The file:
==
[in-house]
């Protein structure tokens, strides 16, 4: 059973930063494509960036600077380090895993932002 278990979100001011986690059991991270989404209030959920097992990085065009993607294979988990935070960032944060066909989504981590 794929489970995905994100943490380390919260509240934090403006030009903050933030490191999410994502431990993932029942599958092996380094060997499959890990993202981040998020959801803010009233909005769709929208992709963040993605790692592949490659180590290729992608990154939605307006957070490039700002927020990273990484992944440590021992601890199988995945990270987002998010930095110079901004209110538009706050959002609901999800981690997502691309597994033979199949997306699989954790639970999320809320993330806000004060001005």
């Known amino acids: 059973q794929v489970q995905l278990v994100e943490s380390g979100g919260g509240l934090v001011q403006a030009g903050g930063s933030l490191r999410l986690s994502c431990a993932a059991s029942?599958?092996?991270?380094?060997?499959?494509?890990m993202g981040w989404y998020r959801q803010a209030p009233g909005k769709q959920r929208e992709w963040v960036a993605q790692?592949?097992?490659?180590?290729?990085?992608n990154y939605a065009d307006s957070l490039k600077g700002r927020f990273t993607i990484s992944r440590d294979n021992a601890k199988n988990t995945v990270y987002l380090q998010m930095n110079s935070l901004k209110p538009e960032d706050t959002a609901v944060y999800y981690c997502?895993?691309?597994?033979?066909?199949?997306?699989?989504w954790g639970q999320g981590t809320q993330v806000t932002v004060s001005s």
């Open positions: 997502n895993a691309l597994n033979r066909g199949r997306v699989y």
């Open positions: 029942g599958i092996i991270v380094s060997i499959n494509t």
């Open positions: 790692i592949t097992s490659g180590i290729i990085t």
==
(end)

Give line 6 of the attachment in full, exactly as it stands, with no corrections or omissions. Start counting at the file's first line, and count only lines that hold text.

């Open positions: 790692i592949t097992s490659g180590i290729i990085t």